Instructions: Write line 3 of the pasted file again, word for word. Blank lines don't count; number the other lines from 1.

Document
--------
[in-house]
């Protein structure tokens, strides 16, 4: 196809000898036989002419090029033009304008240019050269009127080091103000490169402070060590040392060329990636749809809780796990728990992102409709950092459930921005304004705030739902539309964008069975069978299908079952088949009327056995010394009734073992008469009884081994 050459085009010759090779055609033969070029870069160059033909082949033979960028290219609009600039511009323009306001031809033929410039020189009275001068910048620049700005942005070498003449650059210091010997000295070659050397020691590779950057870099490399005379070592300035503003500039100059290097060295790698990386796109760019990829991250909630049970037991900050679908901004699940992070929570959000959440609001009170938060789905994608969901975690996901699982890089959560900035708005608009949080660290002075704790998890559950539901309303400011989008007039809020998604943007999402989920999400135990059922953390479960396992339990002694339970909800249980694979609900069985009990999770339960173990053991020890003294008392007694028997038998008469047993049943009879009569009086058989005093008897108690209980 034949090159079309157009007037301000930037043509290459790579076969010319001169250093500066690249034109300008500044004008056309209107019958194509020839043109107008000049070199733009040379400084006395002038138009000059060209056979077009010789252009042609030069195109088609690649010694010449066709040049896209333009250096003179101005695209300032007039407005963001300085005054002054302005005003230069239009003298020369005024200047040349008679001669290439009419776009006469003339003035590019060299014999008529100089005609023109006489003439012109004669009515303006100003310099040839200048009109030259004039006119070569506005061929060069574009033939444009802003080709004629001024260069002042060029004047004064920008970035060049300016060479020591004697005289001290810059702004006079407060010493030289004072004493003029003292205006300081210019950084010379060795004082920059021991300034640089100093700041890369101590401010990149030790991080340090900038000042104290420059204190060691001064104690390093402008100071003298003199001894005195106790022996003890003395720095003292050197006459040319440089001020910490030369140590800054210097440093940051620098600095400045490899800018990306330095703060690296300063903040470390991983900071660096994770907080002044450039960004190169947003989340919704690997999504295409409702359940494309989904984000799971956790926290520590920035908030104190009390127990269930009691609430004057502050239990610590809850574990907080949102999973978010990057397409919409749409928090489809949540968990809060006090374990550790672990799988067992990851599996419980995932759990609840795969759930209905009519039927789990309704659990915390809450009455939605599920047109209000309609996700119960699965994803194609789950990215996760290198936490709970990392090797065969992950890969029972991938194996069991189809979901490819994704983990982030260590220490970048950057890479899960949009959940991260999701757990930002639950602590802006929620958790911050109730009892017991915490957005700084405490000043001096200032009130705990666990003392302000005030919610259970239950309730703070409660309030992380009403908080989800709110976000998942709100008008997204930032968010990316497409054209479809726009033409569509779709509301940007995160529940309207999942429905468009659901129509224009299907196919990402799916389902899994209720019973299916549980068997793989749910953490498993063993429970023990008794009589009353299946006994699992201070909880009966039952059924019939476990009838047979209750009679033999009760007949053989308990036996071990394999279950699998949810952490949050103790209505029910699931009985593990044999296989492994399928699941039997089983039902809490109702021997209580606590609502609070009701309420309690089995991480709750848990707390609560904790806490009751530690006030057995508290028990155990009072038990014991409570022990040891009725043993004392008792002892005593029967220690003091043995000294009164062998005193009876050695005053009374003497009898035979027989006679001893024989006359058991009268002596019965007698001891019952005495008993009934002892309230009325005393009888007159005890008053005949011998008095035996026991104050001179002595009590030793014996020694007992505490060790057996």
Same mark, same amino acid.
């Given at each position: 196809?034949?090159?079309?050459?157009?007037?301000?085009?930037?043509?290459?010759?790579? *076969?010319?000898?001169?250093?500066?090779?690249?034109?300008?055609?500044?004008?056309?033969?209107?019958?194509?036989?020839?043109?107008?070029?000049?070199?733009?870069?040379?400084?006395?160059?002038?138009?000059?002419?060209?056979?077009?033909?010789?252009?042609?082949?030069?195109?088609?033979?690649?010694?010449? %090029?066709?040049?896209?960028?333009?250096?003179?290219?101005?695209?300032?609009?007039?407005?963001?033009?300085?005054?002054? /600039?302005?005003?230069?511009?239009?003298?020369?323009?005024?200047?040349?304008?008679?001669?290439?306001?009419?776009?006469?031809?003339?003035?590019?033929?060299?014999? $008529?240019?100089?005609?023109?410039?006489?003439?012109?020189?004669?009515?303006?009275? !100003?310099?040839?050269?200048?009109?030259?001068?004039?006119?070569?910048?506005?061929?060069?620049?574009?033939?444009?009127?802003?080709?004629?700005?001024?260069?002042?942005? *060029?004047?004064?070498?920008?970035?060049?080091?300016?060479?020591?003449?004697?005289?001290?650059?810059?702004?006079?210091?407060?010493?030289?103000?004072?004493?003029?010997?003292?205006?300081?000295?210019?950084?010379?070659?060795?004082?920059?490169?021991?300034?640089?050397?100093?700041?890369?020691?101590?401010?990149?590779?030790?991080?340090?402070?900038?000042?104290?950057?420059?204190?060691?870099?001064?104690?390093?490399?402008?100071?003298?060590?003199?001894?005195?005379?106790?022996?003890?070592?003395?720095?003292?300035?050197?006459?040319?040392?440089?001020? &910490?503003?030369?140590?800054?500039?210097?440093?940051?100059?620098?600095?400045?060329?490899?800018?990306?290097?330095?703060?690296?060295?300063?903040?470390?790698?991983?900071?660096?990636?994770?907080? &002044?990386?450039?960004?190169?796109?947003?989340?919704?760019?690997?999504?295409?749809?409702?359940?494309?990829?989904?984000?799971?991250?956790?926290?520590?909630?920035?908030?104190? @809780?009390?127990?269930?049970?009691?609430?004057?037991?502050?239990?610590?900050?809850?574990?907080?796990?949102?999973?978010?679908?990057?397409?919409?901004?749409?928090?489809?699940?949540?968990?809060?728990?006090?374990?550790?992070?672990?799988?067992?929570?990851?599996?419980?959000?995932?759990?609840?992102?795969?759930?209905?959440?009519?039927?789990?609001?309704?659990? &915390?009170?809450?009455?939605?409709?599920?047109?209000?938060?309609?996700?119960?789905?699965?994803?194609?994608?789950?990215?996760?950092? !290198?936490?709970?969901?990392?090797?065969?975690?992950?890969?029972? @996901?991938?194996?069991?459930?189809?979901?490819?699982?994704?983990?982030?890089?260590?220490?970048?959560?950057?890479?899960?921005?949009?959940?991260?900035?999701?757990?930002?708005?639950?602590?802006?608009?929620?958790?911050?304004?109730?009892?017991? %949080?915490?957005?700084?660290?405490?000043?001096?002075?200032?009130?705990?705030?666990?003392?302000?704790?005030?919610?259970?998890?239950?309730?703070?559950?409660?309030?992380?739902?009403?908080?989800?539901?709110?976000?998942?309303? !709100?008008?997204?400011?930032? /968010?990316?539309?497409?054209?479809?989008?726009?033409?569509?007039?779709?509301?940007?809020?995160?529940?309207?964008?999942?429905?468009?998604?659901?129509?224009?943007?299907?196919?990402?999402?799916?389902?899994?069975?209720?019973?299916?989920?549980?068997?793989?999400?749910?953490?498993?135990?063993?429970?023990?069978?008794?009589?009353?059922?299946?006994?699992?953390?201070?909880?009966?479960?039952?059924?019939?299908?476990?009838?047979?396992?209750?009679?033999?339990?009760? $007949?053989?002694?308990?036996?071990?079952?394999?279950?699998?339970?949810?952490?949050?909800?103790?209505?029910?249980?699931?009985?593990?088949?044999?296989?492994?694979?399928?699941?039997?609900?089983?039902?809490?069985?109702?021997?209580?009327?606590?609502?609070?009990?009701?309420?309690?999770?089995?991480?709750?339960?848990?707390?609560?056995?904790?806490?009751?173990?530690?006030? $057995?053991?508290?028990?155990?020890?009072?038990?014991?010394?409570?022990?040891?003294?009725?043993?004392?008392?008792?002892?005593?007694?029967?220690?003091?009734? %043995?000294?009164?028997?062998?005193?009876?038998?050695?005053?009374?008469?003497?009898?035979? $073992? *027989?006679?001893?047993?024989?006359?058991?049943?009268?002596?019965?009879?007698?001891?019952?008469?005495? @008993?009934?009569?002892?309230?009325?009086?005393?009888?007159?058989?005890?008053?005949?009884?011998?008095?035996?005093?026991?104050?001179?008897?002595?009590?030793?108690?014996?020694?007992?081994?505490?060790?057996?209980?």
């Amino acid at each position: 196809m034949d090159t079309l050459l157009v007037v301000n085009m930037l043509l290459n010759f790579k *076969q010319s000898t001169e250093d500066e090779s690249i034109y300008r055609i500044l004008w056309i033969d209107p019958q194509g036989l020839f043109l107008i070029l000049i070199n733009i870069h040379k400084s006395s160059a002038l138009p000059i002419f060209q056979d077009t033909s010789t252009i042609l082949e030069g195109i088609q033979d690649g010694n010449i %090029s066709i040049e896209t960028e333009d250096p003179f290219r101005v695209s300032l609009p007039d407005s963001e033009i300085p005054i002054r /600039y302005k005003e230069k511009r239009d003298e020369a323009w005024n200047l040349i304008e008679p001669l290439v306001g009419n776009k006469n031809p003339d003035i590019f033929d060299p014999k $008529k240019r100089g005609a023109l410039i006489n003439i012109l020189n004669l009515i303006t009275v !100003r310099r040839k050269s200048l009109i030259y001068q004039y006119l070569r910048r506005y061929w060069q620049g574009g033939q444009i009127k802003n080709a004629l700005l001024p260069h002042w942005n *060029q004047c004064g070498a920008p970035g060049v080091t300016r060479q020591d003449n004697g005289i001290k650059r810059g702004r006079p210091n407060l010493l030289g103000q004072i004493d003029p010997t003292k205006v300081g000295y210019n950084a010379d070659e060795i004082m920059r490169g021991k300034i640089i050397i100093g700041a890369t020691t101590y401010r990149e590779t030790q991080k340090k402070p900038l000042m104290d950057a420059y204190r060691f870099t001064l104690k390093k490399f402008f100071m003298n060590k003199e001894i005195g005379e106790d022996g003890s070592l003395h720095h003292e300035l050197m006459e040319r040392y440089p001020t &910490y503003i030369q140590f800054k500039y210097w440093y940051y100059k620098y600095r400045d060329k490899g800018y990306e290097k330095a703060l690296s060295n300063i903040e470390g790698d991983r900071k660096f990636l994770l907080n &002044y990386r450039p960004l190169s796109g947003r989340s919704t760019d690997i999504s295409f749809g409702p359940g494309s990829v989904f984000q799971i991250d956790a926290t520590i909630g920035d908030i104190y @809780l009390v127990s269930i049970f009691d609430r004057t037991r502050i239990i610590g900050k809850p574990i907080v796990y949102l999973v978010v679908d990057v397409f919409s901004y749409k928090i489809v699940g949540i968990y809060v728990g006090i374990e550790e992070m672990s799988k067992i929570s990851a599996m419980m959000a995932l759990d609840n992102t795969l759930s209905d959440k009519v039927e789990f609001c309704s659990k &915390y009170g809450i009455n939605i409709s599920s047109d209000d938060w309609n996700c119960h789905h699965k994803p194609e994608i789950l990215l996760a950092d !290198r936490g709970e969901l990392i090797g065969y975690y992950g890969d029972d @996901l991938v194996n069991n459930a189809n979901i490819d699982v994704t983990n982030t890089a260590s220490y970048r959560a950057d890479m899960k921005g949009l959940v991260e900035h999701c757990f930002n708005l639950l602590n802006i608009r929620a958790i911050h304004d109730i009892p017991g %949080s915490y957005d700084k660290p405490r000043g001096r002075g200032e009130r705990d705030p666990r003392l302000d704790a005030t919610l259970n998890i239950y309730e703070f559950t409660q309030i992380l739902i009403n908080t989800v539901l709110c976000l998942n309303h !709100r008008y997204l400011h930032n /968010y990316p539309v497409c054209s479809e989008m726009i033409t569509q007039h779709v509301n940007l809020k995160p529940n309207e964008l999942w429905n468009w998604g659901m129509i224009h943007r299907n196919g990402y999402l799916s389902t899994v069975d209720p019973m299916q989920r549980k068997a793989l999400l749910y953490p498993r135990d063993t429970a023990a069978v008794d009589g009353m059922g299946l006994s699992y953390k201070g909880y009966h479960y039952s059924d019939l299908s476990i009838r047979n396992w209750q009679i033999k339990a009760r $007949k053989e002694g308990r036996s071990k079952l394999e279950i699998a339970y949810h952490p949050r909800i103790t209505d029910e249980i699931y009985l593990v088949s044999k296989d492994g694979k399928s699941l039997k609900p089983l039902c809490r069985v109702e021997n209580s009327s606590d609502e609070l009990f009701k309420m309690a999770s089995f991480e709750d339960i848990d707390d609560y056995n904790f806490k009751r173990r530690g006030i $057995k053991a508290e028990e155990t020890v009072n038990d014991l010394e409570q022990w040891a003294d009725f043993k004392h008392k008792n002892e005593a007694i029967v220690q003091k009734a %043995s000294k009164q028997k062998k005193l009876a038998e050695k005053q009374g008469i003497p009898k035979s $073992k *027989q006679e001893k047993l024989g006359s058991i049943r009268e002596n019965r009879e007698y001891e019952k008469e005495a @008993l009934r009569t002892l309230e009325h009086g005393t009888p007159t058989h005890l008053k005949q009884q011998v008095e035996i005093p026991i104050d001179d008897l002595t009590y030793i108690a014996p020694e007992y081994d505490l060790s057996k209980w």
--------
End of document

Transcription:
Same mark, same amino acid.